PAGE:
One of the best ways to enhance sulfur detoxification is to facilitate the methylation pathway (methylation is also good for toxin removal) that makes sulfur as an end product. This methylation pathway has the added perks of reducing toxic homocysteine, increasing brain neurotransmitters, and producing glutathione precursors and can be facilitated with the nutritional elements vitamin B-6, vitamin B-12, folic acid, and DMG (dimethylglycine). Garlic and onions are good sources of dietary sulfur. Those who are sensitive to consuming sulfur can make sulfur in their body and bypass gastrointestinal problems without consequence by facilitating this pathway. If the garlic is organic, it will contain selenium as well.

Of course, it is imperative to drink water filtered to remove small particles, not just chlorine. Eat fresh, organic fruits and vegetables with a balanced diet full of nutritional detoxifiers. Supplement when necessary to facilitate pathways. We have options to build defenses against the toxic assaults we find in our environment.

Dr. Lynn Toohey received her Ph.D. in nutrition from Colorado State University in Ft. Collins, CO. She has lectured to chiropractors and other health professionals on nutrition-related topics and complementary medicine, including the chiropractic associations of New Mexico, Ohio, Florida, and Georgia, and the International College of Applied Kinesiology (ICAK). Dr. Toohey has been published in a number of peer-reviewed journals, including The Journal of Nutrition, The American Journal of Clinical Nutrition, and the British Journal of Nutrition.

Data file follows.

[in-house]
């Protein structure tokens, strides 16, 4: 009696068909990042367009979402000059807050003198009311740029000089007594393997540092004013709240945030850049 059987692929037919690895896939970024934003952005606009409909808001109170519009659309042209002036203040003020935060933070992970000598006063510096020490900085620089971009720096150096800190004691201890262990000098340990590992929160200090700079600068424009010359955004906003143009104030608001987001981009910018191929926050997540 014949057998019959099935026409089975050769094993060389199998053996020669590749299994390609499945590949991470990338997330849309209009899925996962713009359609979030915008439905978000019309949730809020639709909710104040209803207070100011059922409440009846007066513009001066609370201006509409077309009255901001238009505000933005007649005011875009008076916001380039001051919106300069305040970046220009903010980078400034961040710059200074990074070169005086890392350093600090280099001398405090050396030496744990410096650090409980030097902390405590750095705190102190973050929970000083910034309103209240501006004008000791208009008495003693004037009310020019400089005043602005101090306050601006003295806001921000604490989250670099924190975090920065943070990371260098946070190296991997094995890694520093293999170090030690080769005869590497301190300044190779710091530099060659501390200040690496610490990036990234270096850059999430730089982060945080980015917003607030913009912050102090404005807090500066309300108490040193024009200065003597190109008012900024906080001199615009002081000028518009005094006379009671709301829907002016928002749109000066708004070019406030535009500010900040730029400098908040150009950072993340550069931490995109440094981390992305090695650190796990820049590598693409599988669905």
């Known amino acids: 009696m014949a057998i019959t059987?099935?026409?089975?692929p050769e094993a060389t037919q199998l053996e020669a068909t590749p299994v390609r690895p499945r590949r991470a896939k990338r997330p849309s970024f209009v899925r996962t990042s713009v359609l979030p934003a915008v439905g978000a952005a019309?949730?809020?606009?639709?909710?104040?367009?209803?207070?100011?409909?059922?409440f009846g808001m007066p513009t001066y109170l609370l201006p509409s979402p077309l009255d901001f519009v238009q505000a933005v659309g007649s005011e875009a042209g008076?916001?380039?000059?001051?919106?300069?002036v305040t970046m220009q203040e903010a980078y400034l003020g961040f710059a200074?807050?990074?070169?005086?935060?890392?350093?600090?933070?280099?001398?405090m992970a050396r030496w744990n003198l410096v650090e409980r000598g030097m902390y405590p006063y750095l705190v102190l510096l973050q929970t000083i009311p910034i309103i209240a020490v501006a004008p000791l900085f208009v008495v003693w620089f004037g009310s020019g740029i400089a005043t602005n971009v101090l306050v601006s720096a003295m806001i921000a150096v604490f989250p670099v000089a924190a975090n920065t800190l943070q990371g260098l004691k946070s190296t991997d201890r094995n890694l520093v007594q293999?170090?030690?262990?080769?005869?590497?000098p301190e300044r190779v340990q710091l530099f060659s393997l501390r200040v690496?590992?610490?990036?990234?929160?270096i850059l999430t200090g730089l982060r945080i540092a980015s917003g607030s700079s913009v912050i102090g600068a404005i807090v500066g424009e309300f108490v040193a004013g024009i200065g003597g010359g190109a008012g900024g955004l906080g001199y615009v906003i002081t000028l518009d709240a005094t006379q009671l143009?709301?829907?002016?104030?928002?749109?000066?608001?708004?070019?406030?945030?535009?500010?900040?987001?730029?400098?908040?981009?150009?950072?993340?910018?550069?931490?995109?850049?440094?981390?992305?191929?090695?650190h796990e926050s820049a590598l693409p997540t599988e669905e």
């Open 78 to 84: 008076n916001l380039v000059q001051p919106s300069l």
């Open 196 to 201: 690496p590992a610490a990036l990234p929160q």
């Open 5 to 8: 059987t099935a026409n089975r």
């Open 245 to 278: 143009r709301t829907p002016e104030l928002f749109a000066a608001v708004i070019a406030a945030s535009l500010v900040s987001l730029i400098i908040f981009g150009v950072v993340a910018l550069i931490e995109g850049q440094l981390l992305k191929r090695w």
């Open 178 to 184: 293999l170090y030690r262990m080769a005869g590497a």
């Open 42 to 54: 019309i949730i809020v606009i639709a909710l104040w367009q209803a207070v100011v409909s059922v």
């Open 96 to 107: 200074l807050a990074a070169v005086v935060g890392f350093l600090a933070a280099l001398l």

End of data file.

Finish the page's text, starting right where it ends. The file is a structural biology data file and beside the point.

References

1. Science News, Vol 153, March 21, 1998

2. Physiol Genomics. 2006 Nov 27;27(3):328-36. Gene expression profiling in the neuroendocrine brain of male goldfish (Carassius auratus) exposed to 17alpha-ethinylestradiol. Martyniuk CJ, et al.

3. http://www.mayoclinic.com/health/mrsa/DS00735/DSECTION=3

4. J Endocrinol. 2008 Feb;196(2):399-412

5. Buteau-Lozano H, et al.; Hum Reprod. 2002 Aug;17(8):1973-9

6. Decreased human semen quality and organochlorine compounds in blood. Dallinga JW, et al.

7. Environ Health Perspect. 2006 Apr;114(4): 500-6.

8. Antiestrogens inhibit xenoestrogen-induced brain aromatase activity but do not prevent xenoestrogen-induced feminization in Japanese medaka (Oryzias latipes). Kuhl AJ, Brouwer M.

 

9. Proc Biol Sci. 2007 Jul 7;274(1618):1631-6. Altered reproductive success in rat pairs after environmental-like exposure to xenoestrogen. Fusani L, et al.